Peacekeeping’s Poor Cousin: Canada and the Challenge of Post-Conflict Policing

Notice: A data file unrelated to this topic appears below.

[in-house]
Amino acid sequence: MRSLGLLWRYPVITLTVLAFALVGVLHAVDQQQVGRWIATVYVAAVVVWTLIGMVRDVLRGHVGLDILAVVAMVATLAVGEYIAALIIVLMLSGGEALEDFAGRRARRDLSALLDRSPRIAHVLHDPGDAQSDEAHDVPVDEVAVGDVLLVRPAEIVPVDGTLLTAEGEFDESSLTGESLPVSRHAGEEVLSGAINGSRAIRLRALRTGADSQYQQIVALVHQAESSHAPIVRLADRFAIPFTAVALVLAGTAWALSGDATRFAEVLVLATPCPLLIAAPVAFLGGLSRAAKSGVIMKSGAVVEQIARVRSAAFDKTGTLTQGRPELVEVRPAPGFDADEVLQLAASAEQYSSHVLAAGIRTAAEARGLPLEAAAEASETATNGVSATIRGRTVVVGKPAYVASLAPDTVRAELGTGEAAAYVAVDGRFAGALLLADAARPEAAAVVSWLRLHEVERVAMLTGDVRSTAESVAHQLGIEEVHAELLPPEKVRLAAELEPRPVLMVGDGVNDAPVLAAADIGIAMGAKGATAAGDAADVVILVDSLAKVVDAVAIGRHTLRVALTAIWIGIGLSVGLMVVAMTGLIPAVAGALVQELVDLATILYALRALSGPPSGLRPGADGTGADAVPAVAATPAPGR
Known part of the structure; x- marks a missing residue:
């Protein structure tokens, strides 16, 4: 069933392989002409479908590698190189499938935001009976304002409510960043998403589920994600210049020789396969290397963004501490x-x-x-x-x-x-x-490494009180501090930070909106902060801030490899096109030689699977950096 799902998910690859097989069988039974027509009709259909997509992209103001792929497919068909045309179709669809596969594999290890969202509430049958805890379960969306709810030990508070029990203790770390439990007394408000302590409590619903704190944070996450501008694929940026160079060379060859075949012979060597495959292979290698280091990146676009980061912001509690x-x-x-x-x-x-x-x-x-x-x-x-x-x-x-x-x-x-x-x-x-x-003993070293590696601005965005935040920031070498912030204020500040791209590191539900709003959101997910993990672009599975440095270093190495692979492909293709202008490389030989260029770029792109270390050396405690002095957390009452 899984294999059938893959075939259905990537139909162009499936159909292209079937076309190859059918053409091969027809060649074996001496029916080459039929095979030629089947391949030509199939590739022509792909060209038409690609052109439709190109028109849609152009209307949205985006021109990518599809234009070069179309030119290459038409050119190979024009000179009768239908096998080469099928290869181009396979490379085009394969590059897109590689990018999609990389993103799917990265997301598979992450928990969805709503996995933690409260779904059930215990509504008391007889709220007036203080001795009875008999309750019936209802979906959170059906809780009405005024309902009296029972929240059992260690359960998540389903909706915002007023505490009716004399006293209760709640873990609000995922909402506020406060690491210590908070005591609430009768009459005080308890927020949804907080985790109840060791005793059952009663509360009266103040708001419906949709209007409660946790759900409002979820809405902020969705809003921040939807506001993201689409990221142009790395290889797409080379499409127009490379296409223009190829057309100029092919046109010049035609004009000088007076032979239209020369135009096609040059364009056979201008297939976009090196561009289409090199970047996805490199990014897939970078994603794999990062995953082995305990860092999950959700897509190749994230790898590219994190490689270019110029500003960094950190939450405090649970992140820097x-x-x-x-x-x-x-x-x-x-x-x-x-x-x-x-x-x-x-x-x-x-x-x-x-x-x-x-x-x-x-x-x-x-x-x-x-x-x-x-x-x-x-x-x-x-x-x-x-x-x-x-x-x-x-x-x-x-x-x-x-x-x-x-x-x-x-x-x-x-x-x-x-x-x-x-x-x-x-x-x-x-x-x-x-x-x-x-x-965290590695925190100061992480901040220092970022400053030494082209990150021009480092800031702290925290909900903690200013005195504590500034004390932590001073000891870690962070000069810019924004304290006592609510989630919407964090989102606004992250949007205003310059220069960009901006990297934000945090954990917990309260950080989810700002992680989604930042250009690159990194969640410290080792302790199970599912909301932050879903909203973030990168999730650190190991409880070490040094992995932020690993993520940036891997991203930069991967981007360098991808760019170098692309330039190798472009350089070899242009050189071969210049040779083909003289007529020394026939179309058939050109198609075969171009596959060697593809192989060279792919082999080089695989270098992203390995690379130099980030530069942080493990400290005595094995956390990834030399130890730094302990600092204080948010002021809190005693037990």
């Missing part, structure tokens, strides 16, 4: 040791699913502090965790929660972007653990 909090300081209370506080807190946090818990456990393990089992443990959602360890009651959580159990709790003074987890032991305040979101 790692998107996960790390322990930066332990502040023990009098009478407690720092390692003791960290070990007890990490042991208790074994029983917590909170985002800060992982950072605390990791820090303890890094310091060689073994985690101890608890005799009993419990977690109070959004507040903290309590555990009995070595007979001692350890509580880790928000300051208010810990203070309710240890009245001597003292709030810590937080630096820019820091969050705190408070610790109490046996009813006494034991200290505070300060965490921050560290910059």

This paper examines Canadian experiences, policies, and practices with regard to police reform – a key element of the security sector reform agenda – in post-conflict or failed states. While an entire mythology has developed around Canada’s role as originator and long-standing champion of peacekeeping in its military guise, less attention has been paid to policing as the second core pillar of security in transitions from conflict to peace. This is gradually changing, as the limitations of military peacekeepers as agents of peacebuilding become more evident, and as it is increasingly recognized that building sustainable peace in the absence of minimal levels of public security is next to impossible. In many ways, post-conflict police assistance – including the provision of international civilian police for monitoring or law enforcement roles as well as longer-term training and institutional development assistance – is an issue tailor-made for Canadian foreign policy, combining national commitments to human security, to peacebuilding, and to the export of core Canadian values such as peace, order, and good government. However, while Canada’s contributions in this area to date are far from negligible, neither has it been an international leader. The paper will assess Canada’s contributions, and the possibilities for greater Canadian involvement, in this area. It will consider both domestic and international obstacles to a greater Canadian role – such as chronic personnel shortages, interdepartmental politics, and the hodgepodge of inadequately coordinated institutional actors already active in the field – and examine ways in which some of these challenges might be overcome.